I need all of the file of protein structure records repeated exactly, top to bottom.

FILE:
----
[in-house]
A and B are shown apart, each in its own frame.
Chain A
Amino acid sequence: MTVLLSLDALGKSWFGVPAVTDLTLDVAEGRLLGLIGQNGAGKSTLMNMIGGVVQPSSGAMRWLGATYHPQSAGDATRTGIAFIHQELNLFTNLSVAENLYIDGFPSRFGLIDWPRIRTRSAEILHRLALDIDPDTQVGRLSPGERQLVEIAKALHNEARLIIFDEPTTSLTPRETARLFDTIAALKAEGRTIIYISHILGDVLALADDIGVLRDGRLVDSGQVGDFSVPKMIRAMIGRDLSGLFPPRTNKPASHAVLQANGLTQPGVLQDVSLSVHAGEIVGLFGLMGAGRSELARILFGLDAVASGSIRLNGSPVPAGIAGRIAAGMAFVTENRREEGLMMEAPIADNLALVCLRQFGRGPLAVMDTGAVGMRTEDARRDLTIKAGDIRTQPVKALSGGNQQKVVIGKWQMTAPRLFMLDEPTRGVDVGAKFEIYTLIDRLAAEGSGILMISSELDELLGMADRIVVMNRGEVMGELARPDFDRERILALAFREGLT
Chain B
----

[in-house]
A and B are shown apart, each in its own frame.
Chain A
Amino acid sequence: MTVLLSLDALGKSWFGVPAVTDLTLDVAEGRLLGLIGQNGAGKSTLMNMIGGVVQPSSGAMRWLGATYHPQSAGDATRTGIAFIHQELNLFTNLSVAENLYIDGFPSRFGLIDWPRIRTRSAEILHRLALDIDPDTQVGRLSPGERQLVEIAKALHNEARLIIFDEPTTSLTPRETARLFDTIAALKAEGRTIIYISHILGDVLALADDIGVLRDGRLVDSGQVGDFSVPKMIRAMIGRDLSGLFPPRTNKPASHAVLQANGLTQPGVLQDVSLSVHAGEIVGLFGLMGAGRSELARILFGLDAVASGSIRLNGSPVPAGIAGRIAAGMAFVTENRREEGLMMEAPIADNLALVCLRQFGRGPLAVMDTGAVGMRTEDARRDLTIKAGDIRTQPVKALSGGNQQKVVIGKWQMTAPRLFMLDEPTRGVDVGAKFEIYTLIDRLAAEGSGILMISSELDELLGMADRIVVMNRGEVMGELARPDFDRERILALAFREGLT
Chain B